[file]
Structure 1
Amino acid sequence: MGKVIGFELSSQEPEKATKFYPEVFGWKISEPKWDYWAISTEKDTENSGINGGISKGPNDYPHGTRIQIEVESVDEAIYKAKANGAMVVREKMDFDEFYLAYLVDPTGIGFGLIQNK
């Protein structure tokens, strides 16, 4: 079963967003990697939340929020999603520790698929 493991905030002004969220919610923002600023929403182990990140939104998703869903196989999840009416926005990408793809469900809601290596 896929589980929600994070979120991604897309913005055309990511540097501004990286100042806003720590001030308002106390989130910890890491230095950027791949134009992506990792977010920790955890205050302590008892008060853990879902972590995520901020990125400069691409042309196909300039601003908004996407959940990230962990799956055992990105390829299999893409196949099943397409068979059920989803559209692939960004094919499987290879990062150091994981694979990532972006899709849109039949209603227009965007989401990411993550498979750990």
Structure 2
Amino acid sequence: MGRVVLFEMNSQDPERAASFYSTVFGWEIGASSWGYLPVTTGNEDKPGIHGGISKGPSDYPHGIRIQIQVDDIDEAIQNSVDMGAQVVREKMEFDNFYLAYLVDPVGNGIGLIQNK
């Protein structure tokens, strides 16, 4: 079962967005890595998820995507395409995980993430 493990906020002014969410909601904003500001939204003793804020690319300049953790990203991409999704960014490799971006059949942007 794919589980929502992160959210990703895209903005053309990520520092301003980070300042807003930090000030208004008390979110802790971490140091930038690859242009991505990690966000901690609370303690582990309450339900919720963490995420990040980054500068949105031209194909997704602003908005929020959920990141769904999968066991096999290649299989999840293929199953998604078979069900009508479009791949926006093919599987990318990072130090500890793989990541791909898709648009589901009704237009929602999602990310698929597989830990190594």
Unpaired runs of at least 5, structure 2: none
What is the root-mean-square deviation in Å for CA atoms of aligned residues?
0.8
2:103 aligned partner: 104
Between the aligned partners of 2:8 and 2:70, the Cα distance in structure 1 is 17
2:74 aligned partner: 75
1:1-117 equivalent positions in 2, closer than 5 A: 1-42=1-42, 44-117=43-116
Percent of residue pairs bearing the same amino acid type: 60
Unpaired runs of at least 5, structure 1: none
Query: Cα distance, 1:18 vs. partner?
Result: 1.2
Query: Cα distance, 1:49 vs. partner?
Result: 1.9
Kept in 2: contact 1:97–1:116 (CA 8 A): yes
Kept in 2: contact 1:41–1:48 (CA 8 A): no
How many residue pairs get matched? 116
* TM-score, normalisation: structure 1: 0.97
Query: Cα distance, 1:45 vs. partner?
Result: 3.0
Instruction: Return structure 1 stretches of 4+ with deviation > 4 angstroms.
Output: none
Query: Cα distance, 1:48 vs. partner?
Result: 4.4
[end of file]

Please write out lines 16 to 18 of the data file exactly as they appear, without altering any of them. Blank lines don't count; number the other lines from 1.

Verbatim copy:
Query: Cα distance, 1:18 vs. partner?
Result: 1.2
Query: Cα distance, 1:49 vs. partner?